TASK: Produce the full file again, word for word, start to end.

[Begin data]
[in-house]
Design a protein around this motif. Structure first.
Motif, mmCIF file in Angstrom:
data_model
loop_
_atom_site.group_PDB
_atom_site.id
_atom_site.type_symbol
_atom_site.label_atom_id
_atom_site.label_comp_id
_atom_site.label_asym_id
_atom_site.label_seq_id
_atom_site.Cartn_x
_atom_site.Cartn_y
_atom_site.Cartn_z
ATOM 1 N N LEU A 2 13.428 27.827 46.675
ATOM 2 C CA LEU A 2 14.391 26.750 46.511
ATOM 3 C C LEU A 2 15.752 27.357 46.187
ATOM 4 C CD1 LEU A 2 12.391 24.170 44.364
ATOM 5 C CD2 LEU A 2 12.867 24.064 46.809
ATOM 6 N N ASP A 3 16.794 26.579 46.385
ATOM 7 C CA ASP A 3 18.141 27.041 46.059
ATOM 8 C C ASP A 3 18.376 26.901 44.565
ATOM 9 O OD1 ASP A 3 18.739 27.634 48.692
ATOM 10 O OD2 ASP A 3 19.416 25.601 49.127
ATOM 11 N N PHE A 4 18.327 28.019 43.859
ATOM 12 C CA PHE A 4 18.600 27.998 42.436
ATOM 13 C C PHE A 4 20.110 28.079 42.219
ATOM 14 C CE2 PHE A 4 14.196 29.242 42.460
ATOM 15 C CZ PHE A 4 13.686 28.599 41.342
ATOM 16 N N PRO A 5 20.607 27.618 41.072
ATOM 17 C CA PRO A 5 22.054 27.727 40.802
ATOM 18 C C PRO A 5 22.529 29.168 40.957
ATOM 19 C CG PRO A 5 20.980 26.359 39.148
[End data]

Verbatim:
[in-house]
Design a protein around this motif. Structure first.
Motif, mmCIF file in Angstrom:
data_model
loop_
_atom_site.group_PDB
_atom_site.id
_atom_site.type_symbol
_atom_site.label_atom_id
_atom_site.label_comp_id
_atom_site.label_asym_id
_atom_site.label_seq_id
_atom_site.Cartn_x
_atom_site.Cartn_y
_atom_site.Cartn_z
ATOM 1 N N LEU A 2 13.428 27.827 46.675
ATOM 2 C CA LEU A 2 14.391 26.750 46.511
ATOM 3 C C LEU A 2 15.752 27.357 46.187
ATOM 4 C CD1 LEU A 2 12.391 24.170 44.364
ATOM 5 C CD2 LEU A 2 12.867 24.064 46.809
ATOM 6 N N ASP A 3 16.794 26.579 46.385
ATOM 7 C CA ASP A 3 18.141 27.041 46.059
ATOM 8 C C ASP A 3 18.376 26.901 44.565
ATOM 9 O OD1 ASP A 3 18.739 27.634 48.692
ATOM 10 O OD2 ASP A 3 19.416 25.601 49.127
ATOM 11 N N PHE A 4 18.327 28.019 43.859
ATOM 12 C CA PHE A 4 18.600 27.998 42.436
ATOM 13 C C PHE A 4 20.110 28.079 42.219
ATOM 14 C CE2 PHE A 4 14.196 29.242 42.460
ATOM 15 C CZ PHE A 4 13.686 28.599 41.342
ATOM 16 N N PRO A 5 20.607 27.618 41.072
ATOM 17 C CA PRO A 5 22.054 27.727 40.802
ATOM 18 C C PRO A 5 22.529 29.168 40.957
ATOM 19 C CG PRO A 5 20.980 26.359 39.148